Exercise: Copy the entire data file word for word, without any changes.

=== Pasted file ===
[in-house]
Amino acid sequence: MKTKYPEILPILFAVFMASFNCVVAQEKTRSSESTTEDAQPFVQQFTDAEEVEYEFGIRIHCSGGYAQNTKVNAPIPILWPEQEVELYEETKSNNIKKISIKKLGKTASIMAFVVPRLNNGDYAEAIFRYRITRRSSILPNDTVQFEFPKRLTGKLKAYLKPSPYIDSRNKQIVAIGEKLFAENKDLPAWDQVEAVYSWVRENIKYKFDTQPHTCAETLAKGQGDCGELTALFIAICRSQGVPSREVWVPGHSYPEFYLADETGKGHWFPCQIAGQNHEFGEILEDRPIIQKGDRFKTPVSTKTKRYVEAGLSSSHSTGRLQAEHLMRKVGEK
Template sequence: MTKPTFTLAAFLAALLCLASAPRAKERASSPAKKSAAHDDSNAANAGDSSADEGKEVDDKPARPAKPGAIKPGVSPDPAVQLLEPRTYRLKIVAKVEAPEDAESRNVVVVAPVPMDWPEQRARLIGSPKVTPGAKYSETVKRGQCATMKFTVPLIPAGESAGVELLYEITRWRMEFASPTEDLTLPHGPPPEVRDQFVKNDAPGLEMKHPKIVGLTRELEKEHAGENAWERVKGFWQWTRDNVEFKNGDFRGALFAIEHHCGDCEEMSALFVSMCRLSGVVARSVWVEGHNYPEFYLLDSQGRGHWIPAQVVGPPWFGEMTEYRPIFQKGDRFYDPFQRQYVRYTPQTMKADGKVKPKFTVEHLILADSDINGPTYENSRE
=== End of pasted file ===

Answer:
[in-house]
Amino acid sequence: MKTKYPEILPILFAVFMASFNCVVAQEKTRSSESTTEDAQPFVQQFTDAEEVEYEFGIRIHCSGGYAQNTKVNAPIPILWPEQEVELYEETKSNNIKKISIKKLGKTASIMAFVVPRLNNGDYAEAIFRYRITRRSSILPNDTVQFEFPKRLTGKLKAYLKPSPYIDSRNKQIVAIGEKLFAENKDLPAWDQVEAVYSWVRENIKYKFDTQPHTCAETLAKGQGDCGELTALFIAICRSQGVPSREVWVPGHSYPEFYLADETGKGHWFPCQIAGQNHEFGEILEDRPIIQKGDRFKTPVSTKTKRYVEAGLSSSHSTGRLQAEHLMRKVGEK
Template sequence: MTKPTFTLAAFLAALLCLASAPRAKERASSPAKKSAAHDDSNAANAGDSSADEGKEVDDKPARPAKPGAIKPGVSPDPAVQLLEPRTYRLKIVAKVEAPEDAESRNVVVVAPVPMDWPEQRARLIGSPKVTPGAKYSETVKRGQCATMKFTVPLIPAGESAGVELLYEITRWRMEFASPTEDLTLPHGPPPEVRDQFVKNDAPGLEMKHPKIVGLTRELEKEHAGENAWERVKGFWQWTRDNVEFKNGDFRGALFAIEHHCGDCEEMSALFVSMCRLSGVVARSVWVEGHNYPEFYLLDSQGRGHWIPAQVVGPPWFGEMTEYRPIFQKGDRFYDPFQRQYVRYTPQTMKADGKVKPKFTVEHLILADSDINGPTYENSRE